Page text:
The 2011 regular season wasn't anything special for Nelson Cruz, aside from his becoming the third player to start the year with a four-game homer streak. But that was before he pieced together one of the most memorable postseasons of all time, including a record-tying eight playoff homers and two extra-inning shots in the American League Championship Series -- one a walk-off grand slam.
Who is next in line for a special year after an historically torrid start? Looks like it's Baltimore's Chris Davis, who has a chance to break the season-opening home run streak Saturday night against the Twins at 7:05 p.m. ET on MLB.tv.
Until Friday, Mays, McGwire and Cruz were the only players to begin a season with at least one home run in the first four games of a season. They each went on to accomplish big things later on that year.
Davis joined the trio of sluggers with his eighth-inning grand slam against Minnesota on Friday. He has the chance to eclipse the record with a dinger on Saturday night, when Vance Worley takes the hill for the Twins.
None of the previous three homered in their fifth contest. In fact, only Mays drove in a run that day -- he twice plated Bobby Bonds (with a first inning triple and a third inning double).
All three came down to earth relatively quickly after their four-game season-starting outbursts. Mays didn't homer for five more games, and McGwire didn't hit another for eight more games. Cruz went 1-for-his-next-7 before going deep in the second game of a doubleheader after a three-game homerless drought.
The key to sustaining any home run streak is the ability to work the ball to all fields and to drive all pitches. Once a player crushes a certain pitch in a certain location, it's very rare he'll see that same pitch again any time soon. Take a look at the home runs the lefty-swinging Davis has hit thus far:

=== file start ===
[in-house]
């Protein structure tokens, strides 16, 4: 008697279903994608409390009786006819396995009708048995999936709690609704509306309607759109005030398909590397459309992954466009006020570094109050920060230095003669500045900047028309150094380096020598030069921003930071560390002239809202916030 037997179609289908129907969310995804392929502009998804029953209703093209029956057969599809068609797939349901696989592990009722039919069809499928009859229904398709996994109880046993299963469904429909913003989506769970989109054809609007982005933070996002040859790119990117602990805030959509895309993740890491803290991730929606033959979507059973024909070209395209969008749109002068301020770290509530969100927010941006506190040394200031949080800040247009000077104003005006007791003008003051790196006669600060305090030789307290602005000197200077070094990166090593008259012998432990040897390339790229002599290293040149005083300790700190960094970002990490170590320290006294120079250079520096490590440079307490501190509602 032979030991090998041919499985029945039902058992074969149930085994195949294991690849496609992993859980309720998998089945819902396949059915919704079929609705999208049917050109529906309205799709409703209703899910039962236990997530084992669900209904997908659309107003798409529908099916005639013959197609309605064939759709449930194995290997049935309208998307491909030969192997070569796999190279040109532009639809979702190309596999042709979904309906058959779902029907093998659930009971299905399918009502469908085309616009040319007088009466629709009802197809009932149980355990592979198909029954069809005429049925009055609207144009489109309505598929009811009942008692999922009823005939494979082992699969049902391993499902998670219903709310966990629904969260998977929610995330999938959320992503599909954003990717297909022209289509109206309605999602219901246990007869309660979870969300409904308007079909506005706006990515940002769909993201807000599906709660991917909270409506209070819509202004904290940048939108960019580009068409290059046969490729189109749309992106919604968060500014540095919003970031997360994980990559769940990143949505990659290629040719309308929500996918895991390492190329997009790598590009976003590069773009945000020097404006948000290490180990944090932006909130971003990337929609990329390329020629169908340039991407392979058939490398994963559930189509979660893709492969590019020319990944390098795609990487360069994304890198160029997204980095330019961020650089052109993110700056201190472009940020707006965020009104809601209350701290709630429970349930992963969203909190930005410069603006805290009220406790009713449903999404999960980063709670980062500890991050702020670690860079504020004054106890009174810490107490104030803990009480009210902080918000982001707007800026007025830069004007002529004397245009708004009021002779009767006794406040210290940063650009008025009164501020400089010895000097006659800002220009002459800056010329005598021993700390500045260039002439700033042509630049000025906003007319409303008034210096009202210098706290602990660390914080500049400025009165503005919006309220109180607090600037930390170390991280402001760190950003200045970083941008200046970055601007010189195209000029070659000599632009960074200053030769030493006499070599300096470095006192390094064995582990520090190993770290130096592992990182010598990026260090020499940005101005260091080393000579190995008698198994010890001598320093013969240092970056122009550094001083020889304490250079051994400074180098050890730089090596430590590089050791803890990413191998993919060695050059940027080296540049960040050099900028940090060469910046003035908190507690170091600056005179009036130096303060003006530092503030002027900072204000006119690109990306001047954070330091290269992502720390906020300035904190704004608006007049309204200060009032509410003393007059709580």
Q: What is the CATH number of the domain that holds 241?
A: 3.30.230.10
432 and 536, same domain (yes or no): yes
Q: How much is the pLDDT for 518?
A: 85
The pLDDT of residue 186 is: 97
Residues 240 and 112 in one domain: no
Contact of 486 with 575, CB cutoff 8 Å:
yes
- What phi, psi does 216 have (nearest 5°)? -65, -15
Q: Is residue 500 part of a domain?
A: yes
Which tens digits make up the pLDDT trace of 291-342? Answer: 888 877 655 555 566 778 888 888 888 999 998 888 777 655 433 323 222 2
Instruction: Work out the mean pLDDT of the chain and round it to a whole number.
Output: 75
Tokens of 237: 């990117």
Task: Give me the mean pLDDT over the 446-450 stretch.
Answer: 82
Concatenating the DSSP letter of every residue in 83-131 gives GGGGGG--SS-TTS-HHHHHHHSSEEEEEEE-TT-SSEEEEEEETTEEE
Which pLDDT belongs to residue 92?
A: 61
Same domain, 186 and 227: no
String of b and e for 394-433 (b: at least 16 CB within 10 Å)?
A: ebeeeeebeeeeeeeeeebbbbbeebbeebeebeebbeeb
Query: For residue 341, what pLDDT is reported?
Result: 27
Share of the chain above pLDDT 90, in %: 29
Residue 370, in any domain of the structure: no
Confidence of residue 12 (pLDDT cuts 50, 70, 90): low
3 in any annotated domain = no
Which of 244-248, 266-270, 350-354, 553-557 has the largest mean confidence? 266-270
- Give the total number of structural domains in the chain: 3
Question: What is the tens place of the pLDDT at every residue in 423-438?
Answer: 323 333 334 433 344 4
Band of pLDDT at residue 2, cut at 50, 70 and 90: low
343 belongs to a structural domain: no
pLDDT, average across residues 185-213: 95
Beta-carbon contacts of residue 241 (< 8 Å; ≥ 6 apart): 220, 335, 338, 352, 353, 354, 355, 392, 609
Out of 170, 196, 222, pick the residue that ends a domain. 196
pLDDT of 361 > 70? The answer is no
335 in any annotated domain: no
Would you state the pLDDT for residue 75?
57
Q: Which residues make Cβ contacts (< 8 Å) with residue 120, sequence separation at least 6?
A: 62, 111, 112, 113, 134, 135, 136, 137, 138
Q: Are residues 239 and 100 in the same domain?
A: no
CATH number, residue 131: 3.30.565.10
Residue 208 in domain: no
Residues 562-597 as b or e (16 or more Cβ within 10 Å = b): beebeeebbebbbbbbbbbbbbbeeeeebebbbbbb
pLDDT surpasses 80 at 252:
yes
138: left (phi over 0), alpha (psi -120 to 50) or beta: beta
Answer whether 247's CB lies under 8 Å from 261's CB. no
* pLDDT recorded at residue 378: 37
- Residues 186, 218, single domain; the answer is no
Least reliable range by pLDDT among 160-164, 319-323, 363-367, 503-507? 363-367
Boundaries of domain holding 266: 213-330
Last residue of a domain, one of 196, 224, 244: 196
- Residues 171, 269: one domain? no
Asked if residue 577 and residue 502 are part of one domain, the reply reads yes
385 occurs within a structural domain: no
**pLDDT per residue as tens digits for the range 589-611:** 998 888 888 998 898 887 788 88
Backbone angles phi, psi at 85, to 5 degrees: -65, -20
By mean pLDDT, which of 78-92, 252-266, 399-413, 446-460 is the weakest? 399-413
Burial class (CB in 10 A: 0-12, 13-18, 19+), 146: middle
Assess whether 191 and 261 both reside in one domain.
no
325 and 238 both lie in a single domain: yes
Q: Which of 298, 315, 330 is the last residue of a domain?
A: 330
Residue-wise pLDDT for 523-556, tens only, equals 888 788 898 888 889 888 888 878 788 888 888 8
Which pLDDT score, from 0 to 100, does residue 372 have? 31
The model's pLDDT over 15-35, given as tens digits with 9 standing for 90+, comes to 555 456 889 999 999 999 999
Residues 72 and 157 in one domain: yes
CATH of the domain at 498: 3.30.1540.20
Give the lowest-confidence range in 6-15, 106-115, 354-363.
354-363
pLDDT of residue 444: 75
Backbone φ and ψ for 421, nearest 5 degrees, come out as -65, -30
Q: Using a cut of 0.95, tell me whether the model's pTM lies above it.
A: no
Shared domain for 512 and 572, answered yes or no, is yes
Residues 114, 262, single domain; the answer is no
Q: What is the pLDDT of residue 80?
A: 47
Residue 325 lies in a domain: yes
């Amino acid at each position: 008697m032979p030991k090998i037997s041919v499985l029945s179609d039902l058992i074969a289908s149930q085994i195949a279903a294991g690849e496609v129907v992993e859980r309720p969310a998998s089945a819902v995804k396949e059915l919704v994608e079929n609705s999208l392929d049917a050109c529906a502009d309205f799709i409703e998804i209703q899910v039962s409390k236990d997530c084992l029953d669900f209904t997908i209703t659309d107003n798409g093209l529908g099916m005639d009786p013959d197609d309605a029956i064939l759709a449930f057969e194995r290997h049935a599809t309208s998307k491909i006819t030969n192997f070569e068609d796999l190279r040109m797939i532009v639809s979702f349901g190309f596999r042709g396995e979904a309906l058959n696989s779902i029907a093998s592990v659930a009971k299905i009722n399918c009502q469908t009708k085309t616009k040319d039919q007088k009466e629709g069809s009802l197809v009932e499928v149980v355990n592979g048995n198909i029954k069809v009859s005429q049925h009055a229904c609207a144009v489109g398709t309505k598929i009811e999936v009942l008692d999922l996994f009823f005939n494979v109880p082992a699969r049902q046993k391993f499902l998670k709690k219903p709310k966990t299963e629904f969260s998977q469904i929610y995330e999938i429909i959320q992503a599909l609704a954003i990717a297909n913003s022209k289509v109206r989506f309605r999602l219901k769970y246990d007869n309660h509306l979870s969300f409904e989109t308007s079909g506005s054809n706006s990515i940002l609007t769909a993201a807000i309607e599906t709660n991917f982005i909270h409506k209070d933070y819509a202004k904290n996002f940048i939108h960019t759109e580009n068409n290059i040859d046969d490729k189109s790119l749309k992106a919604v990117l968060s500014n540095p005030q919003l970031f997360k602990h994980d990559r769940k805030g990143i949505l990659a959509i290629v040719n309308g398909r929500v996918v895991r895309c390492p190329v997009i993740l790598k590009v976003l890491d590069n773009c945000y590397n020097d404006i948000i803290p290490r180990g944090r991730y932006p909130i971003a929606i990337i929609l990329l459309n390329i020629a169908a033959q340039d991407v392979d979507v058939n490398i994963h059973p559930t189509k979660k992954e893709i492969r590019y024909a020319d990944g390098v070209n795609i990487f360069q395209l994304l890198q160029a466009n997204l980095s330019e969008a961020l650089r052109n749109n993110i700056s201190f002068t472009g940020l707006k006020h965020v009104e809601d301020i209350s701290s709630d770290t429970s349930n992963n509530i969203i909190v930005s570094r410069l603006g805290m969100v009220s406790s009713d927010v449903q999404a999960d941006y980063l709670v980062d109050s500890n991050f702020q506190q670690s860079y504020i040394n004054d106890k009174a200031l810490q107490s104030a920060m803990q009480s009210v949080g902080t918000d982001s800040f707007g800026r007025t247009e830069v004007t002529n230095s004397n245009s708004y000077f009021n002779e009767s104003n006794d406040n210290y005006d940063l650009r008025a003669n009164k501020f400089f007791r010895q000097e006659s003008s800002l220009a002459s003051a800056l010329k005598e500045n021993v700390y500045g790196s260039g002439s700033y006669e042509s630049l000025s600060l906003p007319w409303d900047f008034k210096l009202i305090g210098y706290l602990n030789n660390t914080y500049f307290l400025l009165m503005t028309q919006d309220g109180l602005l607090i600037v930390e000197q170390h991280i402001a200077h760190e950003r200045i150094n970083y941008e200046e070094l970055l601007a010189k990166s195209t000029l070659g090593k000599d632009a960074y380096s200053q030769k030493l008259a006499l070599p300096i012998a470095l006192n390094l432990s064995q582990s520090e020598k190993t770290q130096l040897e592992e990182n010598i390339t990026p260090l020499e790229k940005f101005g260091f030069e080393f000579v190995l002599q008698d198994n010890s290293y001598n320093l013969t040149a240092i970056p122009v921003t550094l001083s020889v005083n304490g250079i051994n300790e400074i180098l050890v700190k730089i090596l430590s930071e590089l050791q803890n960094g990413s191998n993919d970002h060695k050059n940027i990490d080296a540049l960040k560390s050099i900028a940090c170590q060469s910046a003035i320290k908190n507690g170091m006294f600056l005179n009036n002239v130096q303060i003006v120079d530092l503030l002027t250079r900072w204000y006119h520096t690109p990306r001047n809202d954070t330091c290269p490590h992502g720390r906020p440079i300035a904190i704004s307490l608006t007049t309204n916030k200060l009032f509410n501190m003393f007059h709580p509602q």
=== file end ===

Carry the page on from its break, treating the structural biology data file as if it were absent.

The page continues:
- A fastball up and in that he pulled to deep right
- A fastball low and away that he drove to left-center
- A changeup that he waited on and drove to right-center
- A slider that he went with to the opposite field
Seem fitting? Take a look at the pitches Cruz (a right-handed hitter) saw:
- A fastball up and in that he lifted to left
- A knuckler that he waited on and crushed to dead-center
- A fastball down and away that he crushed opposite field to the upper deck in right-center
- A changeup that he drove to left-center
At 27, Davis is easily the youngest player to accomplish the feat, eclipsing Cruz, who was 30 in 2011. McGwire was 34 and Mays was 39.
Mays was the only one to hit all four of his long balls on the road. Davis hit three in Tampa Bay before he headed home for his opposite-field slam at Camden Yards on Friday. All four of McGwire's homers came at the old Busch Stadium, and all four of Cruz's came at Rangers Ballpark.
So how did these streaks end?
It was St. Louis' Reggie Cleveland, who held Mays homer-less in his fifth game of the season in 1971. Mays actually sat out of the club's fifth game, as it was the first of a double header, and he played the nightcap, going 2-for-4 with the two RBIs.
San Diego's Kevin Brown gave up a single and a pair of walks to McGwire, but nothing more as he struck out the righty slugger twice before McGwire grounded out against closer Trevor Hoffman to end the streak.
In 2011, Seattle's Michael Pineda, making his first big-league start, held Cruz hitless.
Eight days later, Texas slugger Josh Hamilton was placed on the disabled list with a fracture in his right arm. Fittingly, the Rangers called up none other than Davis, whom they would soon send to Baltimore in a trade.
Now it's Davis' turn to take center stage, eyeing a record five-straight games with a homer to start the season and hoping he can turn the hot start into a magical year -- the way Mays, McGwire and Cruz did before him.